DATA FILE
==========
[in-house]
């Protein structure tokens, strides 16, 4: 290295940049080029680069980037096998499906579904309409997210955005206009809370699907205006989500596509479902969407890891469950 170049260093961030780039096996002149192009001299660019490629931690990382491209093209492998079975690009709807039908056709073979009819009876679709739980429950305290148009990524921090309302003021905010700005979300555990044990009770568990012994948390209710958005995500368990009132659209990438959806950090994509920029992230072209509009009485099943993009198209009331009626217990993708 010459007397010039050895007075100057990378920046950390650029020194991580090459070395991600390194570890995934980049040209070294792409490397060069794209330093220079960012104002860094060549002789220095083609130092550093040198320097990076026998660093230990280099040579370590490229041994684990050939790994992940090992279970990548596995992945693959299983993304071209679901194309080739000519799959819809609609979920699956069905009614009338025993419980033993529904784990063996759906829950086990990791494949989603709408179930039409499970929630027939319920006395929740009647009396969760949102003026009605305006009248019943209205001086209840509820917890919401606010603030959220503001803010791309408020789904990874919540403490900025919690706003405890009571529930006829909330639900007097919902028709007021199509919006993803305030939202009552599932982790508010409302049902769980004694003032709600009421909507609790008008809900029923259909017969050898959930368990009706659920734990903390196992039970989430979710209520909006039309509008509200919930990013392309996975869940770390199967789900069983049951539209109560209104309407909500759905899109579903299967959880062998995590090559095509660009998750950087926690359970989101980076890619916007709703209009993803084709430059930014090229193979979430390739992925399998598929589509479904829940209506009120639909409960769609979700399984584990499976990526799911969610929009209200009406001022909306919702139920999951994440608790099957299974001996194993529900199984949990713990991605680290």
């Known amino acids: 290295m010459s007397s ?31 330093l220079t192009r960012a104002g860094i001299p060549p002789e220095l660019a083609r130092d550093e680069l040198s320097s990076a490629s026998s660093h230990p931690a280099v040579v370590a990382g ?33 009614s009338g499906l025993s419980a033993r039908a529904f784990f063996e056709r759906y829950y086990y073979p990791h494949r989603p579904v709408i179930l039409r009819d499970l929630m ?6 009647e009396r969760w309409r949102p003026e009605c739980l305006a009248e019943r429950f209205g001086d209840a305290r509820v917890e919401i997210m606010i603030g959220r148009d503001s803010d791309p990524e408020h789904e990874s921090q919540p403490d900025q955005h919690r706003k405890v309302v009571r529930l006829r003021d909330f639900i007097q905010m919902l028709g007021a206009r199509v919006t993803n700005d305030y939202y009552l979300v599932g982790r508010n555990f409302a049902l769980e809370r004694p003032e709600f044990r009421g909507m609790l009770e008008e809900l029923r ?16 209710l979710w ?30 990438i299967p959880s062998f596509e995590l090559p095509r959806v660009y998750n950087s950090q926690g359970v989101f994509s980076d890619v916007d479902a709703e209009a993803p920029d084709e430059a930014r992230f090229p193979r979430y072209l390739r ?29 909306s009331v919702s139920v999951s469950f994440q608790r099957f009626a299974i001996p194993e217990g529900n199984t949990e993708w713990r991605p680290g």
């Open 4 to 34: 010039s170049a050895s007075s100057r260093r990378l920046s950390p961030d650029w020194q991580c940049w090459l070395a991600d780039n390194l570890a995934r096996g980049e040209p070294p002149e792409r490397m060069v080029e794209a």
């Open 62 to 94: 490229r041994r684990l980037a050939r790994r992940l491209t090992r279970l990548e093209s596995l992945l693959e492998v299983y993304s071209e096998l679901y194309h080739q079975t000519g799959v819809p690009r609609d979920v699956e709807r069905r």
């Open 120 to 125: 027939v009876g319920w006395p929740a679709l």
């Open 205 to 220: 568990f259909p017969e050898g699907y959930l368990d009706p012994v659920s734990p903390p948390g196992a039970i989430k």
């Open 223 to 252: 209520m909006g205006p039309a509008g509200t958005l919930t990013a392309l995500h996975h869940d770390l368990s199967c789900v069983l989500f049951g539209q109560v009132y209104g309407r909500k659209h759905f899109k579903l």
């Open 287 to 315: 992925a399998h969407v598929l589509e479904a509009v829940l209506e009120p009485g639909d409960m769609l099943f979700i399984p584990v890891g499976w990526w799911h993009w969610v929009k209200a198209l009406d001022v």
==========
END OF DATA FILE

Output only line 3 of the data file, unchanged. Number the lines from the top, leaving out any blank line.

């Known amino acids: 290295m010459s007397s ?31 330093l220079t192009r960012a104002g860094i001299p060549p002789e220095l660019a083609r130092d550093e680069l040198s320097s990076a490629s026998s660093h230990p931690a280099v040579v370590a990382g ?33 009614s009338g499906l025993s419980a033993r039908a529904f784990f063996e056709r759906y829950y086990y073979p990791h494949r989603p579904v709408i179930l039409r009819d499970l929630m ?6 009647e009396r969760w309409r949102p003026e009605c739980l305006a009248e019943r429950f209205g001086d209840a305290r509820v917890e919401i997210m606010i603030g959220r148009d503001s803010d791309p990524e408020h789904e990874s921090q919540p403490d900025q955005h919690r706003k405890v309302v009571r529930l006829r003021d909330f639900i007097q905010m919902l028709g007021a206009r199509v919006t993803n700005d305030y939202y009552l979300v599932g982790r508010n555990f409302a049902l769980e809370r004694p003032e709600f044990r009421g909507m609790l009770e008008e809900l029923r ?16 209710l979710w ?30 990438i299967p959880s062998f596509e995590l090559p095509r959806v660009y998750n950087s950090q926690g359970v989101f994509s980076d890619v916007d479902a709703e209009a993803p920029d084709e430059a930014r992230f090229p193979r979430y072209l390739r ?29 909306s009331v919702s139920v999951s469950f994440q608790r099957f009626a299974i001996p194993e217990g529900n199984t949990e993708w713990r991605p680290g």